I didn’t even realize I wasn’t appearing as neurotypical as I thought. So my imposter syndrome shouldn’t exist..
I really hope I'm wrong but reading this gave me the impression that your fiancee is complaining about how your not more normal, especially considering your post in L&D titled "Conversation Difficulties". If I'm right this could lead to major resentment from her. If my girlfriend were to give me a list about how she has to do things differently just for me, I would be asking her why she's with me(or in your case planning to marry you) considering that I'm so difficult for her & I would list the issues I have trying to accommodate her. That could cause a major fight & potentially breaking up; or in the case of me & my gf we might have a major fight but it would lead to the two of us having a better understanding & we'd work together more to find ways where we can both compromise with things instead of either one or both of us feeling the relationship is one-sided. I would highly recommend that the two of you try to deal with these issues a bit better before getting married. If your not living together, it may be a good idea to so you can both better gauge if you two can handle daily living OK together. It's not uncommon on this forum for recently married NT women in relationships with Aspie men to make very frustrated posts in L&D about having major problems with their relationship & they're at their wits end. I read those threads & think they really shoulda known about those major issues if they woulda tried living together for a bit before getting married. It's like they got married expecting their partner to be different than how they really are but 1ce they started living together the Aspie's mask went down more &/or it became more stressful for the Aspie to adjust to living with a new person in a new environment.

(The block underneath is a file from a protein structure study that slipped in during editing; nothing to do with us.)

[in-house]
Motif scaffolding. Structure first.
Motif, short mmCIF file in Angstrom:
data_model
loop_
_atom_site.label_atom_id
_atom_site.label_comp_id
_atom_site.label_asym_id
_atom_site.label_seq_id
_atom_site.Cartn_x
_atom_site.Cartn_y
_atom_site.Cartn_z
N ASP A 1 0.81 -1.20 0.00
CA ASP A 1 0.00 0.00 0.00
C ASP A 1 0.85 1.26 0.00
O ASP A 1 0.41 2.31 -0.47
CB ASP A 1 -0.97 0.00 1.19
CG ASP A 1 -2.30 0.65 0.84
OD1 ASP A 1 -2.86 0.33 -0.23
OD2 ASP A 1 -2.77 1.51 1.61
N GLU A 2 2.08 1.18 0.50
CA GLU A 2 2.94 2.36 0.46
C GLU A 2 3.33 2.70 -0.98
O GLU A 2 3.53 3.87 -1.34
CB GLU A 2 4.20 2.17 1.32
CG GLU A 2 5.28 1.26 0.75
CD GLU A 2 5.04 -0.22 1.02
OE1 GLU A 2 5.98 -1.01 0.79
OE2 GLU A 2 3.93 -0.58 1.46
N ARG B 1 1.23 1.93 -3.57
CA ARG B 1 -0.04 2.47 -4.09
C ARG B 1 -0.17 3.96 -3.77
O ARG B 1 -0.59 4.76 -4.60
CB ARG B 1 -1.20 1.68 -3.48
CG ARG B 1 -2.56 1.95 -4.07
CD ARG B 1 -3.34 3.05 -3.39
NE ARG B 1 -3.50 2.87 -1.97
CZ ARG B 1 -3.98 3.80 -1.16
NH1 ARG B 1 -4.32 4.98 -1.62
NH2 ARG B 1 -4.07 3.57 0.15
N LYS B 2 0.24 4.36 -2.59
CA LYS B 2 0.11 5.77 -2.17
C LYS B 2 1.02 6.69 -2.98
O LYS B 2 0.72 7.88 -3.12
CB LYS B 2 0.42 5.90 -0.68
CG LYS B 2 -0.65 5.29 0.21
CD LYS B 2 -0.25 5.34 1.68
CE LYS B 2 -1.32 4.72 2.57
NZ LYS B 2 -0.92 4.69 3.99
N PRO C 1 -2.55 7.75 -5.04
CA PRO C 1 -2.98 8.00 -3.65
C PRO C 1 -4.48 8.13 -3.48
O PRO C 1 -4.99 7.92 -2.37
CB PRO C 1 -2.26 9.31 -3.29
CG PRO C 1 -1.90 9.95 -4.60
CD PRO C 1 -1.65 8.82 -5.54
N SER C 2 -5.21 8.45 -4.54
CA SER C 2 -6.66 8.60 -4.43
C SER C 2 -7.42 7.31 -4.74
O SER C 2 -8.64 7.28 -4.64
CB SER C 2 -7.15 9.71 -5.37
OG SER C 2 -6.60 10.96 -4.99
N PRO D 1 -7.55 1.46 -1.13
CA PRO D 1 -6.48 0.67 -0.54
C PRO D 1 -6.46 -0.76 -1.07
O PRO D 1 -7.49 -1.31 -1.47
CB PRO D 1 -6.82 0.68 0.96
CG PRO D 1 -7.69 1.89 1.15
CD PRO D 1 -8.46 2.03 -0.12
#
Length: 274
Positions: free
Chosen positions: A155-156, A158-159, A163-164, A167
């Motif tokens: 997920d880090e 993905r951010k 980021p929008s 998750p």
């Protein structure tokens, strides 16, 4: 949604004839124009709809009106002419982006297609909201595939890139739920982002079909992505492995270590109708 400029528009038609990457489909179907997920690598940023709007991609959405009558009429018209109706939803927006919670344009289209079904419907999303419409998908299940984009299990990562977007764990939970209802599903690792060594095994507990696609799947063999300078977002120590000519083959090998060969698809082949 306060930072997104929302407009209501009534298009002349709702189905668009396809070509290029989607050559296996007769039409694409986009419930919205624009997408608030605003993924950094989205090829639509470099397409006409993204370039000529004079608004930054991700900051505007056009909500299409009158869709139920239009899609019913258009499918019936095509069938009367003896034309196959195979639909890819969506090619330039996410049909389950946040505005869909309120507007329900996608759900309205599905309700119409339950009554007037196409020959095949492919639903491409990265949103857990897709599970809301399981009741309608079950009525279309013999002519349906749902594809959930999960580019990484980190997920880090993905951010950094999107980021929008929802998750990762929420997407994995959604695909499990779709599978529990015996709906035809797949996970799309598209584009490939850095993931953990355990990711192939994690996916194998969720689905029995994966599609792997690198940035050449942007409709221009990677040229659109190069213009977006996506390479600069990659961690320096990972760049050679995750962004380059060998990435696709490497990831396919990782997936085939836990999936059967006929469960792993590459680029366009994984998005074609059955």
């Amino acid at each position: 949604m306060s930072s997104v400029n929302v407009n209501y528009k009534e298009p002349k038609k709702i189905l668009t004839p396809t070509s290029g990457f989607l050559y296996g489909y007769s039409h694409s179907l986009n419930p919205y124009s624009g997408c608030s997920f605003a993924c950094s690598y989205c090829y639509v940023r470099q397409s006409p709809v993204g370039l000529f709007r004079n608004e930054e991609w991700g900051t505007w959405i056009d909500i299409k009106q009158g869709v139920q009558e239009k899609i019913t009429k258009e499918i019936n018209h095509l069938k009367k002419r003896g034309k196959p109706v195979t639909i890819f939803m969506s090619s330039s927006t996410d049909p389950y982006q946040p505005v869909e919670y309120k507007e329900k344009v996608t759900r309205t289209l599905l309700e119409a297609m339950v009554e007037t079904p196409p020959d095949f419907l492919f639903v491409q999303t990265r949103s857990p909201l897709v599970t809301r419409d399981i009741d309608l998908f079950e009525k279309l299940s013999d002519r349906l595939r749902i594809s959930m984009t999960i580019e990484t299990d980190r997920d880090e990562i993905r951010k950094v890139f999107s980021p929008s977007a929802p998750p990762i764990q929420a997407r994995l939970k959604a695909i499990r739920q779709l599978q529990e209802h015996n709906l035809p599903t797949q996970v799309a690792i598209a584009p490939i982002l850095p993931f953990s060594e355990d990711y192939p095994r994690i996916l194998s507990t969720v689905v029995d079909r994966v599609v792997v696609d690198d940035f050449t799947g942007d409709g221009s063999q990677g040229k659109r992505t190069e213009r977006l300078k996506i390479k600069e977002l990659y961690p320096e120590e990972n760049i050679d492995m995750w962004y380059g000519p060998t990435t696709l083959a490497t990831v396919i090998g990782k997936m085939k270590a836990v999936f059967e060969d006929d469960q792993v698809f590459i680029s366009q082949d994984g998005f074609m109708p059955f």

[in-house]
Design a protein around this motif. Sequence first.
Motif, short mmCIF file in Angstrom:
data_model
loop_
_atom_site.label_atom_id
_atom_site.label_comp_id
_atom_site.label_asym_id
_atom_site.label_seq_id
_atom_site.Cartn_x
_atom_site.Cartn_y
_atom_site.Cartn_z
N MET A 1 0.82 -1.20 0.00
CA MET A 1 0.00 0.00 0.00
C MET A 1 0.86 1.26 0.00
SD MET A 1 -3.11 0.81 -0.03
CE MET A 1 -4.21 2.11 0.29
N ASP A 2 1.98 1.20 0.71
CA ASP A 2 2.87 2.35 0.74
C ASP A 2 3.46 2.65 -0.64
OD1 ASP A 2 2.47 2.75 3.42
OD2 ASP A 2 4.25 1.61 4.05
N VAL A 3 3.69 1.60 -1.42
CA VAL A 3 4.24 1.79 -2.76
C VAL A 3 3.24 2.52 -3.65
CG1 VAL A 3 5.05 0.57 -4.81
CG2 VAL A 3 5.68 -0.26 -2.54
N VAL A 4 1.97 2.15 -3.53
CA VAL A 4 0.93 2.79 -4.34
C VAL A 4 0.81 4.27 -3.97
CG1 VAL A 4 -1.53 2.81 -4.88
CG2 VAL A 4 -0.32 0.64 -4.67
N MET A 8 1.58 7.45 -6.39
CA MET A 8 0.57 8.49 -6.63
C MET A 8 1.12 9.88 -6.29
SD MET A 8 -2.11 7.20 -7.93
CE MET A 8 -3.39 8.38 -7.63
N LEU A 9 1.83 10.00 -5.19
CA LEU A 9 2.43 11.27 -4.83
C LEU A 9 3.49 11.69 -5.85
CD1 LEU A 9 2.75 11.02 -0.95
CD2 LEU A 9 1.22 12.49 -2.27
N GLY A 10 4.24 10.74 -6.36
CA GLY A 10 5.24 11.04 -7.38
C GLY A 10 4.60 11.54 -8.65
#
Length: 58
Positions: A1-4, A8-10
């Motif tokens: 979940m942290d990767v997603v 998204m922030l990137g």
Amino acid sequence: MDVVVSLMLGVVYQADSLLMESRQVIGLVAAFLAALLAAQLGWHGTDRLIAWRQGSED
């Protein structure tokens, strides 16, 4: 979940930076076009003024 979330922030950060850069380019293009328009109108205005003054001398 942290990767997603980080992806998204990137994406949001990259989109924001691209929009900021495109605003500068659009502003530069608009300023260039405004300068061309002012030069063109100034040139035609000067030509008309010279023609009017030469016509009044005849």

Hello Nick. Thanks for your input. I had mixed emotions about her reaction. It made me feel like an alien, and a burden.. but it also made me feel loved. She said she gets me, and she learns all of these things about me because she cares. On one hand that’s very sweet and I feel cared for. On the other, I feel like a hassle, because it was during an argument where I didn’t understand her body language and she said that list.. then said, “Just one time I wanted to not have to think about how I do things for you.” I don’t know how to take that..

We do live together.



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28 Jun 2022, 12:44 pm

I only just recently realized how many people think people with Asperger's are nothing but self-entitled spoiled brats. Including some people with "classic" autism, because they think aspies take the attention away from it. It's like we're not NT enough and not autistic enough. And of course, if you're an aspie who is over 18 and female, you may as well be invisible. Sad.